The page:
Wednesday, December 9, 2015

An interview with dystopian romance author, Tracey Ward

Greetings, avid readers! 

One of my favorite authors, Tracey Ward, is soon to release her much-anticipated dystopian, The Seventh Hour, and I could NOT be more ecstatic! Not only do I love her stories, but her writing is always eloquent and beautiful. I can't wait to see where she takes us on this new adventure of hers set in a world where nothing is simple and everything is unknown.

As a favor, Tracey gave me the inside scoop and look into the writing process behind this new jewel. I can already tell you that if you love dystopian, you're going to love this story! Don't forget to add it to your Goodreads bookshelf and happy reading! (There's a Rafflecopter giveaway link below)


How long did it take to write this story?
Over a year, which is a really long time for me. Most of my stories take closer to six months from when I come up with the idea to when I send it off to editing. The Seventh Hour has been tricky, though. It's gone through a lot of changes to become what it is now, changes that took months to work through.

How did you come up with the idea for it? Has it been kicking around in your mind for awhile?
I thought of the idea when I was finishing up the Survival Series. I love survival stories, but I wanted to try something new. Something without zombies. I got to thinking about other natural disasters that would change the way we all live, and the slowing of the Earth's rotation really got my attention. I found a really interesting documentary on what it would be like to live in that world and it sounded like a nightmare. That's when I knew I had to write that story. A year later and I'm finally doing it!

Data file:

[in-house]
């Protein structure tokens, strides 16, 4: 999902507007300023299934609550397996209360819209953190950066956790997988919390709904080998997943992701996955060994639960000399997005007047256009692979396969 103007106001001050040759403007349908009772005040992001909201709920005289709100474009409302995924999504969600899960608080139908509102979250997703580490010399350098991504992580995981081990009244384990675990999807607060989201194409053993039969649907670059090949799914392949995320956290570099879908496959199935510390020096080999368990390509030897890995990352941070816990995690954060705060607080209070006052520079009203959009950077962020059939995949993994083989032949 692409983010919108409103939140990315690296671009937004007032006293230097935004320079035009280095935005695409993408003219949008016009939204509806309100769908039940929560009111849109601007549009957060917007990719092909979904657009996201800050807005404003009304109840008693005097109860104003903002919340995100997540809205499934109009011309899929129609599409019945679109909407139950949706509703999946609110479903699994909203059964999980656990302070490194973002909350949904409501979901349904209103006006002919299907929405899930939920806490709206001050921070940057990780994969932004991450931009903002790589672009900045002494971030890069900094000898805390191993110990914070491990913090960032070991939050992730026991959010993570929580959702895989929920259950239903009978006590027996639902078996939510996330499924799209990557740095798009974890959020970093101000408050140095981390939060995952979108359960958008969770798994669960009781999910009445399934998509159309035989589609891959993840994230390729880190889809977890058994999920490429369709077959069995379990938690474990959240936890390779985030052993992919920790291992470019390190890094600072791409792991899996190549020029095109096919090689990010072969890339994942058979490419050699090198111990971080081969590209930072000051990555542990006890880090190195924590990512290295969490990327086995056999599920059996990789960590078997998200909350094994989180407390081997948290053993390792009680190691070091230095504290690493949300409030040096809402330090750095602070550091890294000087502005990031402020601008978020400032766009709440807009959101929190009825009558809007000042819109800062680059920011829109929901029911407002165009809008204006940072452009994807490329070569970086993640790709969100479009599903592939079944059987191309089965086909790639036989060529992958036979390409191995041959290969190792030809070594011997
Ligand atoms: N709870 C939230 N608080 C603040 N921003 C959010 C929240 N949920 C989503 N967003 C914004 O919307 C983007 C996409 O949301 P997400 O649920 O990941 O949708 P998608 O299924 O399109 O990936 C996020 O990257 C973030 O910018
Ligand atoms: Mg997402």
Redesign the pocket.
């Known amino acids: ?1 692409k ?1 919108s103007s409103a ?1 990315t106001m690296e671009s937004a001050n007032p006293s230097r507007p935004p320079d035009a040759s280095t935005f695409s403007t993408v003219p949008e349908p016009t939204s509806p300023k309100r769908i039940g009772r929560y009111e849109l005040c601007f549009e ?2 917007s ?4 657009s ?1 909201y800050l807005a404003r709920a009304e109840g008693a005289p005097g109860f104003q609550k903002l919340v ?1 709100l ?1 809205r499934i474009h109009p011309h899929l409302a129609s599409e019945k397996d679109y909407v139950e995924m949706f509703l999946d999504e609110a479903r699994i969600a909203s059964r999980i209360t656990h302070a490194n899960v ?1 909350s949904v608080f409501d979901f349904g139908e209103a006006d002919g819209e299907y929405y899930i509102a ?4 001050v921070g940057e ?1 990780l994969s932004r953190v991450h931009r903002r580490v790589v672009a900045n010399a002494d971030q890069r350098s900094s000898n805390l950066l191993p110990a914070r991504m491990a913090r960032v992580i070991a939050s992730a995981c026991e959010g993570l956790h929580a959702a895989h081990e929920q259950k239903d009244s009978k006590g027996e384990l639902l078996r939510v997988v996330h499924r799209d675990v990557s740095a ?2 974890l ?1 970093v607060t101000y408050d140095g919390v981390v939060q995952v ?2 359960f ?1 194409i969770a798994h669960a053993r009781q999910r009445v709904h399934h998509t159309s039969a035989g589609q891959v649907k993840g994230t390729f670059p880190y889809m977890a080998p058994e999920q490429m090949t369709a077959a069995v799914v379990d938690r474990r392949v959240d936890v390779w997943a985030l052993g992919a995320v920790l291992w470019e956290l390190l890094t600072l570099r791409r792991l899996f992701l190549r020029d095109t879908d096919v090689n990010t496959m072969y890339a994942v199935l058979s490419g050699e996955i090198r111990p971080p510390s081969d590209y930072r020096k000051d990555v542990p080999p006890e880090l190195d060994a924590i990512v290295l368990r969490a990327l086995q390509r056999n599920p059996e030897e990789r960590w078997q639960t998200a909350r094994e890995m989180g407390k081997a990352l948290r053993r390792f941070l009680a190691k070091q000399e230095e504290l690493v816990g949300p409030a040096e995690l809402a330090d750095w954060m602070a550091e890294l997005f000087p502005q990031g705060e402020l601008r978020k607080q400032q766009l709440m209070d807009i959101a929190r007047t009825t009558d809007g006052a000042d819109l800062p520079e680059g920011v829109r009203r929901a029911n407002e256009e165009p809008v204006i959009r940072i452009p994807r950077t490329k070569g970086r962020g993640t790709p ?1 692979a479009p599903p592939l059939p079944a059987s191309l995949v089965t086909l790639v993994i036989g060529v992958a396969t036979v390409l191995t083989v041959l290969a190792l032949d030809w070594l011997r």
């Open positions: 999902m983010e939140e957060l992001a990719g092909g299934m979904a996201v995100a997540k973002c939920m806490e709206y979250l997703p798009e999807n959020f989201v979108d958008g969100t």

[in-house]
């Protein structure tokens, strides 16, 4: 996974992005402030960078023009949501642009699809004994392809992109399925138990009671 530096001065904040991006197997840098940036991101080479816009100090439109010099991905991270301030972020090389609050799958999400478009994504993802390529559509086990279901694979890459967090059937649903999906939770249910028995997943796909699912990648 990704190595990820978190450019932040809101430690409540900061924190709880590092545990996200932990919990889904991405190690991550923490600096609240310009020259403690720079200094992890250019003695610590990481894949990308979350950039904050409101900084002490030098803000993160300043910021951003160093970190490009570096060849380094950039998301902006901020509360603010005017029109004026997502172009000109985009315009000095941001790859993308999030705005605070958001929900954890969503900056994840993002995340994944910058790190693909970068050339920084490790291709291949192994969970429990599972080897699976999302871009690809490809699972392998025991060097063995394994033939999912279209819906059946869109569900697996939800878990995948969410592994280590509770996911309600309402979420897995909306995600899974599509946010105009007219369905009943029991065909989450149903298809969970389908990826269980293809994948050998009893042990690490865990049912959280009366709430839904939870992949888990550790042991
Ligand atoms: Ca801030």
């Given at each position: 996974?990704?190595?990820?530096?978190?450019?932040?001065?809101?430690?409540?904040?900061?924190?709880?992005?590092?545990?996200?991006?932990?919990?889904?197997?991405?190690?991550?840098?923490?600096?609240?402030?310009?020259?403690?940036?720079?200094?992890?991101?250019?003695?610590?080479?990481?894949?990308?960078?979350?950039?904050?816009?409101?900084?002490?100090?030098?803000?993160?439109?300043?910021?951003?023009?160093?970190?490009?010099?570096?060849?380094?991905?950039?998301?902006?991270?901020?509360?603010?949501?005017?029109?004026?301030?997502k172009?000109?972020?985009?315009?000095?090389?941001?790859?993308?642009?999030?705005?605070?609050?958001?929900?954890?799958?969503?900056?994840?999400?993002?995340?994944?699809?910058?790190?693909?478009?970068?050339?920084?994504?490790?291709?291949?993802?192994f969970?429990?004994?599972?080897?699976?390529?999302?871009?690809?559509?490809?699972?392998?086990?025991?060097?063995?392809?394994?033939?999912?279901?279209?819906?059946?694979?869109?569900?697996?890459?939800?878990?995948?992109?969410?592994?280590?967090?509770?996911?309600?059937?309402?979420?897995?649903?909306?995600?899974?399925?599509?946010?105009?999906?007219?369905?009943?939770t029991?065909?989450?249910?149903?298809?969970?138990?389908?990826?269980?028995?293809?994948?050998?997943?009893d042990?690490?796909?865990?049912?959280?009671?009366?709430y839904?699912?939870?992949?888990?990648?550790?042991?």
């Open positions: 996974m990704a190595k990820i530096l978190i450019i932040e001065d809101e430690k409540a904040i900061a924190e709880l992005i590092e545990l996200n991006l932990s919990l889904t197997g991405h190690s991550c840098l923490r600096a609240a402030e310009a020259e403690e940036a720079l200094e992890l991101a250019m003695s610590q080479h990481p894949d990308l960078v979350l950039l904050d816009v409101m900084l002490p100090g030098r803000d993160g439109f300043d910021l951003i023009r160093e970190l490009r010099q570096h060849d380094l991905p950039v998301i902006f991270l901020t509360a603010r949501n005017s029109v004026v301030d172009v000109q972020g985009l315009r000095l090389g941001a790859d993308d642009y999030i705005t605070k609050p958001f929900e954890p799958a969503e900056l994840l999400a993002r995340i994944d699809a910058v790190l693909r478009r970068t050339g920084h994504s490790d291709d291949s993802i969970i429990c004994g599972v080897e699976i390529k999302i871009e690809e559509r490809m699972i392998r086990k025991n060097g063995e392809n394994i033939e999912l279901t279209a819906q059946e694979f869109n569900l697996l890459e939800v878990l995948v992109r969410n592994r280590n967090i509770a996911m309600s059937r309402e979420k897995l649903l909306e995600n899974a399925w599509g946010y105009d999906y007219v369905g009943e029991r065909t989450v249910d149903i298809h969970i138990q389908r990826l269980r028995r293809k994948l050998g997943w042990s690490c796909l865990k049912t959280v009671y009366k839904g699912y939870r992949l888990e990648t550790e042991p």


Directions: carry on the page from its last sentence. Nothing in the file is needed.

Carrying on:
Is this book a standalone or will there be a series?
This is a standalone. The main focus of the story is the development of Liv and Gray as people while they figure out who they are versus who they're expected to be. They both have a lot of preconceptions to contend with, about each other and about themselves. If I tried to take that story farther than one book I'm pretty sure everyone would hate them by the end of it. We'd all be screaming at them to get it together already. 

What was your favorite part about writing this story?
Finishing it. Finally finishing it is the best feeling in the world because this story has been with me longer than any of them ever has before. It's sort of a relief to be done with it, but it's also just really exciting to see what people think of it. I'm really hoping it's something different that people can get lost in. 

What fun fact would you like to share about this story? Anything?
The number 7 is everywhere. People count to it, other numbers add up to it. It has no special meaning other than being tied to the title, but I included it whenever I could just for fun.

Interested in learning more about the series? In learning more about Tracey and the amazingly beautiful stories she tells? Enter a Rafflecopter giveaway to win an Amazon gift card! Add it to your Goodreads list of books to read!

Purchase: B&N  and Amazon
The Seventh Hour by Tracey Ward 
Publication date: January 6th 2016
Genres: Dystopia, Young Adult

When the Earth’s rotation slowed to a crawl mankind was plunged into a harsh world of burning hot days and endless, arctic nights. Some fled to the mountains for shelter. Others took to the seas, sailing forever in the perfect gold between the night and the day; a place known as the Seventh Hour.

Liv was raised aboard a ship chasing the Seventh. She’s never seen the night, never known true cold, and when a storm destroys her home she’s on land for the first time in her life. She’s alone, surrounded by strangers and perils she couldn’t have imagined in her worst nightmares. Her only chance at survival is Grayson.

He saved her. He’ll protect her. He hates her.